We might be familiar with the words soft skills and hard skills but do we really understand the difference between soft skills and hard skills?
When considering new hires, many companies look first to see if that employee has the practical knowledge to do the job. After all, you wouldn’t hire a chef to draw a building plan, would you? However, while the hard skills are important, savvy companies know that excellent employees have another skillset that may be harder to cultivate which is the soft skills.
To get a decent job, with a high package an individual must possess hard skills and soft skills because that’s the most important thing to crack the interview in the first attempt itself.
But do you know that as much as hard skills are important to increase the value of your resume, soft skills are important to make a difference between you and the rest of the candidates applying for the job?
How an employee responds to various situations, mainly depends on these two skills. Below, the difference between soft skills and hard skills is vividly explained.
Hard skills are teachable and measurable abilities, such as writing, reading, math or ability to use computer programs.
Soft skills on the other hand are the traits that make you a good employee, such as etiquette, communication and listening, getting along with other people.
The Difference Between Soft Skills And Hard Skills
Hard skills are job-related competencies and abilities that are necessary to complete work, while soft skills are personal qualities and traits that impact how you work. Hard skills are often applicable to a certain career; soft skills are transferable to any type of job.
Hard skills help you identify candidates who are good on paper, whereas soft skills indicate which of these candidates are good in person, too. This means that you need a good mix of hard and soft skills in every employee so that they can be successful in their role.
Hard skills, also called technical skills, are job-specific, relevant to each position and seniority level. In other words, each position in every company will require a unique hard skills list. For example, an accountant needs to know how to reconcile bank statements, while that knowledge is unnecessary for a developer.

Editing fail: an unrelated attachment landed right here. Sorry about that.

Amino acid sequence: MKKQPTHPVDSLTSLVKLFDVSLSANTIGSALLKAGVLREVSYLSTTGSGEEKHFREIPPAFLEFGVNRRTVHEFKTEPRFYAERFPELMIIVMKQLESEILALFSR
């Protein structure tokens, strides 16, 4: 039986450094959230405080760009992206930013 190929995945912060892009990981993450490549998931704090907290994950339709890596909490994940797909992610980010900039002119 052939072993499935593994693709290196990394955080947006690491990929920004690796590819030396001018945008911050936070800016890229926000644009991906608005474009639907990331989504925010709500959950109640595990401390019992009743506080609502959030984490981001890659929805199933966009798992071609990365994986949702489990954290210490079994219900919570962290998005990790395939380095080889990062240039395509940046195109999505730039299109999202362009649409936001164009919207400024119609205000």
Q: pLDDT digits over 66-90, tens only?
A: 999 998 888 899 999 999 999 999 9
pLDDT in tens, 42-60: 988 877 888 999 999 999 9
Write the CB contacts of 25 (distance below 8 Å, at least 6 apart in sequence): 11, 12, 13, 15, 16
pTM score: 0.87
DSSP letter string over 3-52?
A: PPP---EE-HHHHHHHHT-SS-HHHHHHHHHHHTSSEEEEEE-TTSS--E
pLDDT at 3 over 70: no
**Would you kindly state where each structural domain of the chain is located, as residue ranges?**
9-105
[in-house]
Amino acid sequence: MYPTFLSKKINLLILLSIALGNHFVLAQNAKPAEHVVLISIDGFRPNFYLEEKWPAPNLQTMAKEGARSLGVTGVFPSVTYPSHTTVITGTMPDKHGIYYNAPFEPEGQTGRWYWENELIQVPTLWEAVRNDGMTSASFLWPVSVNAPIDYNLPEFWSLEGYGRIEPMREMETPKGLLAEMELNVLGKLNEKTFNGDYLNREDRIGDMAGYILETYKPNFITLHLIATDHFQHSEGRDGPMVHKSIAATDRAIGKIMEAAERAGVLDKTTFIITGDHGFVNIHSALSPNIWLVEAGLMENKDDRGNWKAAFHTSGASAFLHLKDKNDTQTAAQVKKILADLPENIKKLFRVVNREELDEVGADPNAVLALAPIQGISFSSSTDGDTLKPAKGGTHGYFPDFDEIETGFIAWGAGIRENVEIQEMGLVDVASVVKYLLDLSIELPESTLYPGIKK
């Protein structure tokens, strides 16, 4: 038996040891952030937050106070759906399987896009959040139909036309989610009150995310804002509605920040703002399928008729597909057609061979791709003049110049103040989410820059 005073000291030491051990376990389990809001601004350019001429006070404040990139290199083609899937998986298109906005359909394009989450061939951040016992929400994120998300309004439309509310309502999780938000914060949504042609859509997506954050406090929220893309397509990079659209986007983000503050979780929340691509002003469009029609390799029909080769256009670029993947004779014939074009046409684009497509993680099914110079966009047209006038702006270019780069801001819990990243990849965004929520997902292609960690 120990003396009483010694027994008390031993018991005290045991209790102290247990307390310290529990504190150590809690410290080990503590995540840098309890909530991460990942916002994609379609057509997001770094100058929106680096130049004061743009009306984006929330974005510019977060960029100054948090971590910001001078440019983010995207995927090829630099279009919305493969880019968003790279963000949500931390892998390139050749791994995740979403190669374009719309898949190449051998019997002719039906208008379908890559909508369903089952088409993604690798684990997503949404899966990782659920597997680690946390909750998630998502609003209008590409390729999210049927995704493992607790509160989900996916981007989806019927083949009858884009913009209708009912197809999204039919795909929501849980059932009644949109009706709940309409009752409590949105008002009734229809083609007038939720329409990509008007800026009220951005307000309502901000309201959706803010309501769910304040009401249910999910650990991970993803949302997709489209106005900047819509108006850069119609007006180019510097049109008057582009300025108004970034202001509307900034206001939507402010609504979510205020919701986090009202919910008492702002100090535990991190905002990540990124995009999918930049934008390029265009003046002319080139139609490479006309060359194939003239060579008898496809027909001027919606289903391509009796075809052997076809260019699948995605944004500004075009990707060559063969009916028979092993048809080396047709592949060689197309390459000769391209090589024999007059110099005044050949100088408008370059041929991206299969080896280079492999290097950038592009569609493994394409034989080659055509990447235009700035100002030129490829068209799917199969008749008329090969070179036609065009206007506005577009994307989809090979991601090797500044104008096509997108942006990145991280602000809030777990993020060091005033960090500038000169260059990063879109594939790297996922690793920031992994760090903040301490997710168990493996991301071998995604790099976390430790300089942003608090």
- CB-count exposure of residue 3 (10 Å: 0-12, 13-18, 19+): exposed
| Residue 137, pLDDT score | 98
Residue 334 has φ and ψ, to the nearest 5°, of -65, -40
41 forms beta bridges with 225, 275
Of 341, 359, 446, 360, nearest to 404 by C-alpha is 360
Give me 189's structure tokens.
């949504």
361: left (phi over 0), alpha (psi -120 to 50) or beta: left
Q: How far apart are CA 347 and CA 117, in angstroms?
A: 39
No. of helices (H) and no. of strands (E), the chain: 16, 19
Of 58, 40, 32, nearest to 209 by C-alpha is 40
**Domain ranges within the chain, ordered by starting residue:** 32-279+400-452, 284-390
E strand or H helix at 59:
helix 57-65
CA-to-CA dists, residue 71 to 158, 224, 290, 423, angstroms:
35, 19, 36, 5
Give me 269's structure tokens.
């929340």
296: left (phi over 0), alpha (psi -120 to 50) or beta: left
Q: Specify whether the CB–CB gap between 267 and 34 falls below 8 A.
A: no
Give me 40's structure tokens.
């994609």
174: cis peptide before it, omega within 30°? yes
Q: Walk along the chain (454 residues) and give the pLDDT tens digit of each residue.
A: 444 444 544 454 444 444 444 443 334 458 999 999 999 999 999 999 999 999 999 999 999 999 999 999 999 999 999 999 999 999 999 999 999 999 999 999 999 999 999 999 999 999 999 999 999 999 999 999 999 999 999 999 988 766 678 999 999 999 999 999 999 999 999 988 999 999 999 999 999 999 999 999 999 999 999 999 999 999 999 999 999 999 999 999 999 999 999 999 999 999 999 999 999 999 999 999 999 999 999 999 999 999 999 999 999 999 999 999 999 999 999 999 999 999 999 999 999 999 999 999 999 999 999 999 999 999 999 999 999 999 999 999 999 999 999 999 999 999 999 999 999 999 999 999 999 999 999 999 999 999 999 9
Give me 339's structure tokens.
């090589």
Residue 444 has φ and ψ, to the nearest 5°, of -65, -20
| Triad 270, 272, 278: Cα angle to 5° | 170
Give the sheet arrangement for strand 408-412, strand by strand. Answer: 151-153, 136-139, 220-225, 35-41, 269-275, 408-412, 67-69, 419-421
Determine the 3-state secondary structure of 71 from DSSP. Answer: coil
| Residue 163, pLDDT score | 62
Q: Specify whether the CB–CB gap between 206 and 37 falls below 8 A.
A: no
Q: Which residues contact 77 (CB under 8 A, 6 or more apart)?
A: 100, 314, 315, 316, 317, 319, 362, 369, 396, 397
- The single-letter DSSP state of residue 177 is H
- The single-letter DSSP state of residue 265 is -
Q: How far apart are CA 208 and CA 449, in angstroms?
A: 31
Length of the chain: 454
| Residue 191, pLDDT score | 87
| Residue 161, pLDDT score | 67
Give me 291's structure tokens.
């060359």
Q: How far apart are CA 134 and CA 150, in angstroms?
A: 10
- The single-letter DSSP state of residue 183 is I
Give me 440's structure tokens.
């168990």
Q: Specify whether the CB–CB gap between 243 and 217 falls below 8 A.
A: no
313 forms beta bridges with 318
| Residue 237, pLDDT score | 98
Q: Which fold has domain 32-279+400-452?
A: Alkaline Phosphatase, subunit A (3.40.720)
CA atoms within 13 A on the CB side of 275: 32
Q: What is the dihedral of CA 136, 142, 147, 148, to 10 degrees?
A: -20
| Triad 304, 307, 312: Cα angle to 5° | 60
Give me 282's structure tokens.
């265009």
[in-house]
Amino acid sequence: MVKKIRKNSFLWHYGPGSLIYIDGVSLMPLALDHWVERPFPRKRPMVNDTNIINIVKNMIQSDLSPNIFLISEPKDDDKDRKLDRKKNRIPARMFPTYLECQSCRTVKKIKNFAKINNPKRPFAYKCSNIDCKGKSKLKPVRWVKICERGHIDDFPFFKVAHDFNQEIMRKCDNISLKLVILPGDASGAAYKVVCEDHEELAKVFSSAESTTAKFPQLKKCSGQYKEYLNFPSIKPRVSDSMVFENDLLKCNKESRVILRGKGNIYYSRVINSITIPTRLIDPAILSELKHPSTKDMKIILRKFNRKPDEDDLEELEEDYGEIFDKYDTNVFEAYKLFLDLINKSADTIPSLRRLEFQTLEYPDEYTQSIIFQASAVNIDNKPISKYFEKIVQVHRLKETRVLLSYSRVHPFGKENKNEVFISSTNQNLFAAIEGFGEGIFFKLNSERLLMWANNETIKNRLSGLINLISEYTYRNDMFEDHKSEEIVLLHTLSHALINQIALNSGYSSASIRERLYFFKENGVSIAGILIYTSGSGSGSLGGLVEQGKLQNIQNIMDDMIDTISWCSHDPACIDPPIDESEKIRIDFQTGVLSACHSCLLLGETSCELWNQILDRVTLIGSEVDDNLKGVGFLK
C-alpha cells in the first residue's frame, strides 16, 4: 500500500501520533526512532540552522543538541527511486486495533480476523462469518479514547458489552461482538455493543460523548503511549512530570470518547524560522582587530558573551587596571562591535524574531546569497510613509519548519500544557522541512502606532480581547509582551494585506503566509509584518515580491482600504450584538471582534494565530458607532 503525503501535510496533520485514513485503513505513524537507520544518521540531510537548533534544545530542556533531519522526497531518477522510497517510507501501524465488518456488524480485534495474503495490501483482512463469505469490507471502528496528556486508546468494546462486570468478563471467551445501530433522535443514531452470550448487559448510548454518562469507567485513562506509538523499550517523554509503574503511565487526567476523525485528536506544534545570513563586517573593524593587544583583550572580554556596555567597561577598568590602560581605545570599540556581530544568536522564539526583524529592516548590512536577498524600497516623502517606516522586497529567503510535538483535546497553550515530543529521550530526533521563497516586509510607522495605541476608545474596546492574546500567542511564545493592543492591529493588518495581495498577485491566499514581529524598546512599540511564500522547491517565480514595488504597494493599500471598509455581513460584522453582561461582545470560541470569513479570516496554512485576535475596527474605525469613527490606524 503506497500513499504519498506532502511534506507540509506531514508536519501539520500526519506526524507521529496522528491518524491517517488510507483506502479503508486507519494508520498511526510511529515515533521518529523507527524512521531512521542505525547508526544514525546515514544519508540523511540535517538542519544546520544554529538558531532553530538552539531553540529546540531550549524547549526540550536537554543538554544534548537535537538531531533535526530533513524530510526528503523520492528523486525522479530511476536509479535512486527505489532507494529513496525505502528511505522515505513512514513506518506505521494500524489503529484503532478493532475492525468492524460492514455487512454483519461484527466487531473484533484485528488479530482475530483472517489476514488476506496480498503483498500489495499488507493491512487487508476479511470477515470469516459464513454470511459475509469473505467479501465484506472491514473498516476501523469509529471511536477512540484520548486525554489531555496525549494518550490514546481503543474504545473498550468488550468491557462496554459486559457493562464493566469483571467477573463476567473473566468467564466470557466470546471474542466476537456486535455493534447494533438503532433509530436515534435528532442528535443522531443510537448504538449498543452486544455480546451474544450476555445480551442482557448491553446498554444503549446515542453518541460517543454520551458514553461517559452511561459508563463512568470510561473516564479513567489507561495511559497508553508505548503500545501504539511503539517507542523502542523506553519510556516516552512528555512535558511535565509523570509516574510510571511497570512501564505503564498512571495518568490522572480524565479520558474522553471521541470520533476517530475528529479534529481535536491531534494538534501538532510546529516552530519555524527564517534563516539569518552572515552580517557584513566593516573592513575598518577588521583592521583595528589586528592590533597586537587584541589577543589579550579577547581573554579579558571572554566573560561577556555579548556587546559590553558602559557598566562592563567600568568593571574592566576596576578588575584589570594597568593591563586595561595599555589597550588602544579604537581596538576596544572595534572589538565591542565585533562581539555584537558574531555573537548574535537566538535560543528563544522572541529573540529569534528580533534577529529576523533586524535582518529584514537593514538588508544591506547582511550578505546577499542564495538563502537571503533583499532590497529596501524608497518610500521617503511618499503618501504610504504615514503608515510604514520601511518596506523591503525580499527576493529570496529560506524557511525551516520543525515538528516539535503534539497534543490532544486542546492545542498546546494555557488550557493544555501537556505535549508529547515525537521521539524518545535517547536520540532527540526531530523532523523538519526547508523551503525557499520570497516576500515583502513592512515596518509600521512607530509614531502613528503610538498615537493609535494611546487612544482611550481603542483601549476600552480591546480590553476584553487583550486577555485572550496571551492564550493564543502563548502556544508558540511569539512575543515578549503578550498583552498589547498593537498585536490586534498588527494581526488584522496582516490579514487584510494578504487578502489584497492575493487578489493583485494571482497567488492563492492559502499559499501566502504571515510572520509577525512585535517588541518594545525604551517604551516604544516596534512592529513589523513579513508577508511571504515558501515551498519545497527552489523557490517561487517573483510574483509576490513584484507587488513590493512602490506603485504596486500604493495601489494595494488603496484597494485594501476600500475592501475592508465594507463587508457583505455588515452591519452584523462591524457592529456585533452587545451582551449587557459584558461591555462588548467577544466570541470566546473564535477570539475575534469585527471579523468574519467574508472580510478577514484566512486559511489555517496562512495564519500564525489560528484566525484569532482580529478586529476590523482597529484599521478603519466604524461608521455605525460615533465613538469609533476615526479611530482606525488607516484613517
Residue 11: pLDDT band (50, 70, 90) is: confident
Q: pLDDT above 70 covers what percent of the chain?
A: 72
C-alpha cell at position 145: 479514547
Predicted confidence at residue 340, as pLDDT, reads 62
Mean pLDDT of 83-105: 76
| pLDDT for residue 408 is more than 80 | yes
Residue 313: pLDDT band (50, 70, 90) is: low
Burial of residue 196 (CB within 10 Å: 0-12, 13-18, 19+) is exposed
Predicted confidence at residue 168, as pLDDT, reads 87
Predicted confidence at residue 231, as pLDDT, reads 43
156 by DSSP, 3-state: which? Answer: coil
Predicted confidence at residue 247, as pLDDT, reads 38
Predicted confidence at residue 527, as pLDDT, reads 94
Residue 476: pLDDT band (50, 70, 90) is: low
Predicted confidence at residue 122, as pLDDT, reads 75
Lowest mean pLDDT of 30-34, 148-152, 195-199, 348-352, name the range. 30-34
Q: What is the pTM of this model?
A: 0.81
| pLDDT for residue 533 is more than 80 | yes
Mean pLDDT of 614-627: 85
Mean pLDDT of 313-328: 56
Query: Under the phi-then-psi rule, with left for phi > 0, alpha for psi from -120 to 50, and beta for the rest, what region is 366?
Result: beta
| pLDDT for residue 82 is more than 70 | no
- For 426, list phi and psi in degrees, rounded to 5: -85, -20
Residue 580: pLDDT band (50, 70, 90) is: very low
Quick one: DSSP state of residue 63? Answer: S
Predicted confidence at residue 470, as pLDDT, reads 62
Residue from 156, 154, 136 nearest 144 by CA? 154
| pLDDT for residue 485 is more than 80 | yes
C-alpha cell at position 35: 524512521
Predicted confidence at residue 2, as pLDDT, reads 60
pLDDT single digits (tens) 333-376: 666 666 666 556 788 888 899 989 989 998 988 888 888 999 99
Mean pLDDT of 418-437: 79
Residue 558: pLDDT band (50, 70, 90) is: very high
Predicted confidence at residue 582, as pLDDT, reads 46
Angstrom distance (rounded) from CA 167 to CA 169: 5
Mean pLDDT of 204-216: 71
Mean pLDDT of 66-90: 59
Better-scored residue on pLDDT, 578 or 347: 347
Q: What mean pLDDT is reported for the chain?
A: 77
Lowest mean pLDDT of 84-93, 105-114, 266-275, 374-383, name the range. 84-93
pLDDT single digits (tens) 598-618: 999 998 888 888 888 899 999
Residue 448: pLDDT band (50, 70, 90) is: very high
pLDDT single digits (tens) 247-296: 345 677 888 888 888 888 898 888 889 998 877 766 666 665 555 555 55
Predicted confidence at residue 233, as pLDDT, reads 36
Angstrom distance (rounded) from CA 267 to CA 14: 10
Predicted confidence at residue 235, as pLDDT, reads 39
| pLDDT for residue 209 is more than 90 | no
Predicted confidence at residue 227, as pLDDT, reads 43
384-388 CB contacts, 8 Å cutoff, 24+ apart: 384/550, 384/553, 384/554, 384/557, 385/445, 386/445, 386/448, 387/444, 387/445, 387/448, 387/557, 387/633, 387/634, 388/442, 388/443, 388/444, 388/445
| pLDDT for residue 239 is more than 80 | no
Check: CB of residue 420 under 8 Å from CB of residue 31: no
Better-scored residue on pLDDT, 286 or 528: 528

At the same time, reconciliation is important for accountants no matter their level of experience, but preparing business budgets is a skill that’s not usually required of a junior accountant.
Soft skills are general characteristics, relevant to personality traits. Some soft skills you’d like to see in all employees regardless of their position or expertise, while other soft skills make sense in certain jobs and are less important in others.
For example, if you value collaboration in your company, you want to hire employees who are great team players and can communicate well with others.
On the other hand, networking and relationship-building skills might be essential for sales and marketing roles, but irrelevant for engineering roles. Likewise, leadership abilities make sense for people who’ll manage a team no matter their department.
Examples of hard skills include:
- Classroom management
- Video production
- Search engine optimization
- Project management
- Data mining
- Cardiopulmonary resuscitation (CPR)
Basically Hard skills are more professional in nature.
Examples of soft skills include:
- Critical thinking
Other examples of soft skills include:
- Ability to “read a room”
- Time management
- Attention to detail
- Strategic thinking
- Problem solving
- Good decision making
- Conflict resolution
- Social skills
- Cultural awareness and sensitivity
HR would often times refer to these soft skills as peoples skills, this is because they help foster a productive relationship between and among people. These skills help us to relate well with customers and employees.